THE work of a Protestant clergyman who spent many years of his life collecting traditional music in south-west Ireland has finally been published - more than 100 years after his death.
James Goodman compiled more than 2,000 melodies, many from people he met during his ministry in counties Kerry and Cork from the 1840s until 1866.
After his death in 1896, Goodman's family deposited the handwritten manuscripts in Trinity College, Dublin, where, in his later years, he had been professor of Irish. It was not until the 1980s that music scholar Breandan Breathnach, an admirer of Goodman's work, began preparing the collection for publication.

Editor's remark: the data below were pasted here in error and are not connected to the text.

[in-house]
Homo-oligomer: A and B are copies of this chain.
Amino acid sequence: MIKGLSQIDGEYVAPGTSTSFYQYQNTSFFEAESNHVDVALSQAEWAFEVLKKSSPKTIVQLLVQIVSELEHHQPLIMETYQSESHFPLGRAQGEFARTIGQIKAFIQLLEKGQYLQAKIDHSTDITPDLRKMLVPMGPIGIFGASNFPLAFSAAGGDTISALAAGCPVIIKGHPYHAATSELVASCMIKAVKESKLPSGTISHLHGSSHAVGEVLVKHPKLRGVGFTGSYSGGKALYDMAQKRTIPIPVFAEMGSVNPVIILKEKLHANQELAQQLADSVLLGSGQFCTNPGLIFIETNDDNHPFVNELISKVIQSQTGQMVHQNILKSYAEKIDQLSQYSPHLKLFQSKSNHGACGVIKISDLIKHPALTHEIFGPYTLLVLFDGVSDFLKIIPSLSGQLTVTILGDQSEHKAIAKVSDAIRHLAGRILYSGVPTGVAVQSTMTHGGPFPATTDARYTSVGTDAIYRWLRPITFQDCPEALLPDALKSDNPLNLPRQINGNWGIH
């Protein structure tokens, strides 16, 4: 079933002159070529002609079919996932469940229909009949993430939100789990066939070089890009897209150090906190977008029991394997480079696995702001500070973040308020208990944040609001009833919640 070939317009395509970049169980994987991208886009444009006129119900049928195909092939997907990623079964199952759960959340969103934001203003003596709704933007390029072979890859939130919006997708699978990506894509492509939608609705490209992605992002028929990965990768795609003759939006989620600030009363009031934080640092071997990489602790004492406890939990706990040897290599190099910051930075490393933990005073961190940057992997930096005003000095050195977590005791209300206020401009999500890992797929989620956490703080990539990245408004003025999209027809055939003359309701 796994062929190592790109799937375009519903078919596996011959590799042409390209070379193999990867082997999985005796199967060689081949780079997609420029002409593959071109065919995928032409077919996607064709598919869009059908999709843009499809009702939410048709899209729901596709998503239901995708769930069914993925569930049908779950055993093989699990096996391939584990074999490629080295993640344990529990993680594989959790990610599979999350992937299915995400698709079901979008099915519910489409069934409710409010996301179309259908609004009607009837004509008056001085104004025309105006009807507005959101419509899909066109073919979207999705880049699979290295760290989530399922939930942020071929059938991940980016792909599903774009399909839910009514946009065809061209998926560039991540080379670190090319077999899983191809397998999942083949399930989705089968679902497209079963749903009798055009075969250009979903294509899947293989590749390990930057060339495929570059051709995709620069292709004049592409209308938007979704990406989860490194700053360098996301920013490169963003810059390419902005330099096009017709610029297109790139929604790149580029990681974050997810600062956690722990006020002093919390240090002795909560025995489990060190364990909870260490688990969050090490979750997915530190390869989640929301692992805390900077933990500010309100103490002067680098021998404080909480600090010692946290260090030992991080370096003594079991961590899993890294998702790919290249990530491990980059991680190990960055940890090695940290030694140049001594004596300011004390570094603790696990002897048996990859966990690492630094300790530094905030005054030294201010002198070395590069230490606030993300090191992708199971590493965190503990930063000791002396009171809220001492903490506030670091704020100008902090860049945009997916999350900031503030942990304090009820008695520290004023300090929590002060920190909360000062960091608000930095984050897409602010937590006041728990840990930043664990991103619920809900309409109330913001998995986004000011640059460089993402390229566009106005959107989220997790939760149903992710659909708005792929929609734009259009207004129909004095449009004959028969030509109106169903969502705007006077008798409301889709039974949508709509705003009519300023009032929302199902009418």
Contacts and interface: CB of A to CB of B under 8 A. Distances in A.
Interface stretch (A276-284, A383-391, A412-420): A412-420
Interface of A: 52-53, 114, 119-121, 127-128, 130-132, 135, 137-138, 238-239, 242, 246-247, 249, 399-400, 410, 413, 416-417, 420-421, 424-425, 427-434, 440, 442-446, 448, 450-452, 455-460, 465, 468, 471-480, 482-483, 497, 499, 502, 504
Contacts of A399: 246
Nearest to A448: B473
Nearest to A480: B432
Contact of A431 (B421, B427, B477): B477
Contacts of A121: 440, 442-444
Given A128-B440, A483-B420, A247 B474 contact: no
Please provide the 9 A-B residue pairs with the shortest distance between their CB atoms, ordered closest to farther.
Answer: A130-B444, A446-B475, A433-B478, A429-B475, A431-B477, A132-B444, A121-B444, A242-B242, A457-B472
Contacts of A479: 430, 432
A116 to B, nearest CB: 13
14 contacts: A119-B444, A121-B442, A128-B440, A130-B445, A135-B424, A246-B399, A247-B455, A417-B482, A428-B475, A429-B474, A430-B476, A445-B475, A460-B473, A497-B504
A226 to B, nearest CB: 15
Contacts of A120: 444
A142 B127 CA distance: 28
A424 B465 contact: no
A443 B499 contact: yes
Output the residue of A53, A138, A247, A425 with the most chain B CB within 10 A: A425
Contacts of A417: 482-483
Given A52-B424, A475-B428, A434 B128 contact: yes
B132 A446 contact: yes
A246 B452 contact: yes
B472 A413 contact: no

Although many of Goodman's melodies came from the oral tradition, some were borrowed from other collections, in common with 19th-century collectors, and Breathnach's task was to separate the two strands. He died in 1985, but Hugh Shields carried on the work and finally fulfilled Breathnach's hopes with this book, which contains about 500 tunes, including jigs, reels, hornpipes and slow airs.
Goodman, of English descent and born near Dingle, Co Kerry in 1826, was a fluent Irish speaker from infancy and became a Church of Ireland minister in his 20s. …